We’re coming down the home stretch of the Easter season when we focus on the reality of the resurrection and its implications for our lives. It would seem that the first thing is to believe it actually happened. Jesus is not another Super Hero with special gifts. Last week we look at how Jesus is carefully shepherding his followers into a new understanding of faith. Jesus invites Thomas to touch the holes in his hands and put his hand in Jesus’ side. Jesus is alive and he is True God and True Man. We believe we do not evolve into angels or decline to be bugs dependent on our actions today. When Jesus meets the seven disciples fishing as they wait for him, Jesus draws them into conversation, especially Peter. Three times he asks Peter if Peter love him, Jesus. That was not a random question. Jesus does not ask random questions to find information but to draw us out!
Peter had denied knowing Jesus when Peter watched around the fire outside at the trial. All his bluster evaporated like the smoke from the fire. Peter was not brave, was not faithful, and did not want to die with Jesus even though he had professed loudly his loyalty. Peter remembers this and Jesus knows this. Jesus does not say, “Let bygones be bygones,” or “What’s in the past stays in the past.” The air had to be cleared because Peter carried spiritual scars that needed healing. We carry scars that need healing!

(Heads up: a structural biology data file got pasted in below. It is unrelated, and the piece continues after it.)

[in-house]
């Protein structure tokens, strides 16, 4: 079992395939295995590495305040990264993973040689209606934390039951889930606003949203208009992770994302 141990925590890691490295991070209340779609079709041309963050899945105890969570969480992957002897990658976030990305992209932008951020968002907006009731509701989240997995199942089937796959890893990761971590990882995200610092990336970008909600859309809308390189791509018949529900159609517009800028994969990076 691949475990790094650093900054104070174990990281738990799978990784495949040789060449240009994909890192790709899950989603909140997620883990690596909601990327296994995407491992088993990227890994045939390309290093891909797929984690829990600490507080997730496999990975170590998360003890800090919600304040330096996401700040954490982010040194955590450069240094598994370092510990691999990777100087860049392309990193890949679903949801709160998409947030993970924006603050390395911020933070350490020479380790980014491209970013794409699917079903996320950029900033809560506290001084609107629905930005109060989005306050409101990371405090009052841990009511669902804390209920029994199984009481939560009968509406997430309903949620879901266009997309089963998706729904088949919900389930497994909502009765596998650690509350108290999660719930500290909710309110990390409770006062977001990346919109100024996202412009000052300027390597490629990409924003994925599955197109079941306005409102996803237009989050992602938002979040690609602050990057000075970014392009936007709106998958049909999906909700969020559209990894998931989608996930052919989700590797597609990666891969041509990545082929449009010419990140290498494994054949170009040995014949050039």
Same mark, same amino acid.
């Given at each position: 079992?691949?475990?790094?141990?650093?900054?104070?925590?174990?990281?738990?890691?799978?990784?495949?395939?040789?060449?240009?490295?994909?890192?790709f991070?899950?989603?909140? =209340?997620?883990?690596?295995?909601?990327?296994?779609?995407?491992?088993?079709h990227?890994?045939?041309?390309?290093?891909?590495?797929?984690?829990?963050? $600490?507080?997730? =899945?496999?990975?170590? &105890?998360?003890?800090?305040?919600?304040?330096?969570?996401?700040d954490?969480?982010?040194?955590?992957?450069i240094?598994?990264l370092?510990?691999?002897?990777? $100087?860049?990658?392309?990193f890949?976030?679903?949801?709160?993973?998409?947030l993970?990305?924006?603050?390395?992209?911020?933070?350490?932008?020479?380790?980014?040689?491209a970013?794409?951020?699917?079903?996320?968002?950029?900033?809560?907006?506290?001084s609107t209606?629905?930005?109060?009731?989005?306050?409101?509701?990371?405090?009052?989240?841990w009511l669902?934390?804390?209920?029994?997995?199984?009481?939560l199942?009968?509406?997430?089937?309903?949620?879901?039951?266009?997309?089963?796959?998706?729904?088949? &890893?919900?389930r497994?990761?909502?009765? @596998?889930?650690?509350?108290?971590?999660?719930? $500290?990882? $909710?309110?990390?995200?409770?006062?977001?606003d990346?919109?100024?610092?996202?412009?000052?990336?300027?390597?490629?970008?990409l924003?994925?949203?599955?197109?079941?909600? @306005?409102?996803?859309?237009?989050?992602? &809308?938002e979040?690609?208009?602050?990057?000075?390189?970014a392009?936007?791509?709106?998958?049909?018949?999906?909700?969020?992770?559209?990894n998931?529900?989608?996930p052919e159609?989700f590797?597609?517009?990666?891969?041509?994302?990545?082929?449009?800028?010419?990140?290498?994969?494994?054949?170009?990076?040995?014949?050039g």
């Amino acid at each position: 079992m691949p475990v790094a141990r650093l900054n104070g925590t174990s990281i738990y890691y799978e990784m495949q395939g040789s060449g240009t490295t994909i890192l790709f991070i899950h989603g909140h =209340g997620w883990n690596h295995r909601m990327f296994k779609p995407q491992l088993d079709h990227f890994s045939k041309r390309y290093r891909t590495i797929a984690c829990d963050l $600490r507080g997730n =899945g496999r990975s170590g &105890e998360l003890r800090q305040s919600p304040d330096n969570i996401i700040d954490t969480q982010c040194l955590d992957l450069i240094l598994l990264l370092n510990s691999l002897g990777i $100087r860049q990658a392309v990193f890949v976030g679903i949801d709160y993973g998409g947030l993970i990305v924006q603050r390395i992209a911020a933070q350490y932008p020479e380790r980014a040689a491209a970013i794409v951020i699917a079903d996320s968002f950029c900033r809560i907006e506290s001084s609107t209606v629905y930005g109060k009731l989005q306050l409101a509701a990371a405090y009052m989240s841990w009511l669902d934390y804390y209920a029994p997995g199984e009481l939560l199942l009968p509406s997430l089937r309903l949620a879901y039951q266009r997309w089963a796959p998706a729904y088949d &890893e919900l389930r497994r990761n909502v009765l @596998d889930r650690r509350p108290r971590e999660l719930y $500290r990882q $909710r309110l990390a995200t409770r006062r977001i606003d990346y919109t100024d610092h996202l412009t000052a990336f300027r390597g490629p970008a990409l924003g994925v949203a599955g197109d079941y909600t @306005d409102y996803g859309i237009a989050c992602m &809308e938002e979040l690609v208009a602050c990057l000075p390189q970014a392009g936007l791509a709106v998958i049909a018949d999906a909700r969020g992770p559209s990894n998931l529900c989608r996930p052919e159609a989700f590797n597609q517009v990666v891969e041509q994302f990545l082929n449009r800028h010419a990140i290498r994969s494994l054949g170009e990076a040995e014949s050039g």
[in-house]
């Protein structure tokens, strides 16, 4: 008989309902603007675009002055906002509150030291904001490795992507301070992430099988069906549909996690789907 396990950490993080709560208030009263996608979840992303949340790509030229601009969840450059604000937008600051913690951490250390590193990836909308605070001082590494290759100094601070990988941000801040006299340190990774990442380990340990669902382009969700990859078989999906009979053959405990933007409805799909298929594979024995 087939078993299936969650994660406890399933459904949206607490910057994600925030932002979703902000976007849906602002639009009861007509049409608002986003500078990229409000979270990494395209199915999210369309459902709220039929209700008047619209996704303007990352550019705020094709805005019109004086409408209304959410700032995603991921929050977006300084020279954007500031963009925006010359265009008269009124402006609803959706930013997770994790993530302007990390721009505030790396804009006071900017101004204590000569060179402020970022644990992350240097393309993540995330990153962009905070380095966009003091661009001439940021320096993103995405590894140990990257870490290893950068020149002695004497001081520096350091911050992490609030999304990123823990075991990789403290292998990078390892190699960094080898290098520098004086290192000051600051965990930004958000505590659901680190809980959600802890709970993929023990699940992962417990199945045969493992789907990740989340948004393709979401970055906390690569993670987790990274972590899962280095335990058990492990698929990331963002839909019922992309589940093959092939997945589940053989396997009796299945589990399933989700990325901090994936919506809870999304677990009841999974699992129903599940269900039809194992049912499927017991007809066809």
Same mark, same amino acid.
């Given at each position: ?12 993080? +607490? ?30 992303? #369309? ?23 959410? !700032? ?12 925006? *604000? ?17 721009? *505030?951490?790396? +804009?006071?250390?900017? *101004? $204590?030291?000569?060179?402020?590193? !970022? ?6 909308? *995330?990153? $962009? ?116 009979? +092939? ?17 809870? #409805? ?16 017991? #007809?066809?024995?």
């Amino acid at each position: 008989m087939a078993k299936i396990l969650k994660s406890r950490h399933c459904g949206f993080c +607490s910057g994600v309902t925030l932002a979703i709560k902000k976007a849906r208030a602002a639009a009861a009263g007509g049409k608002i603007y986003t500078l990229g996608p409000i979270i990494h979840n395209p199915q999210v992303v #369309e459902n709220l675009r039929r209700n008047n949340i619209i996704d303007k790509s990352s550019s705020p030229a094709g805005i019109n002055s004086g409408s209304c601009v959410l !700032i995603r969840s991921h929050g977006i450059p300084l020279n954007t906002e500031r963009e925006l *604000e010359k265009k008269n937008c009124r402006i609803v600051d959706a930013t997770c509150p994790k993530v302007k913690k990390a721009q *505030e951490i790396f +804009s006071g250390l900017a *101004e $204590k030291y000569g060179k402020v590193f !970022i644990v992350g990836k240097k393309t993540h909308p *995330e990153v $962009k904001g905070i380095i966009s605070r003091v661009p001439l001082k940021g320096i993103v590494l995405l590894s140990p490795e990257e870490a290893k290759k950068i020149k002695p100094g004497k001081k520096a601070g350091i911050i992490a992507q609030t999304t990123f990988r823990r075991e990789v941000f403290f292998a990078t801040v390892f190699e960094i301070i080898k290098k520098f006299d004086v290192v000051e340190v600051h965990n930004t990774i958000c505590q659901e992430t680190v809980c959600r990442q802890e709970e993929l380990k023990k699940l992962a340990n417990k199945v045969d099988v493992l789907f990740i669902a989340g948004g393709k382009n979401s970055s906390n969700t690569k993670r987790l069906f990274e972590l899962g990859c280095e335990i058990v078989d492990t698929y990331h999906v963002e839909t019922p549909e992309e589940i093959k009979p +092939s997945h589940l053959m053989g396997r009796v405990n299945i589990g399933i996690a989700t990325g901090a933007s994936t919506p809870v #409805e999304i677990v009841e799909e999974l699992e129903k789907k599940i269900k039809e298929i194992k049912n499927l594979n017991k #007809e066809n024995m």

Jesus does not hone in on the details of the denials, though. He focuses on the key question, “Do you love me?” Love is not perfect and love is not happy ever after. “Perfect love casts out fears!” It has been said, love is a commitment. It requires forgiveness and seeing the good in the other. Many love 1 Corinthians 13, often called the love chapter. I love the closing line, “Now faith,, hope and love abide, but the greatest of these is love.” May we be more loving today with your help, Lord.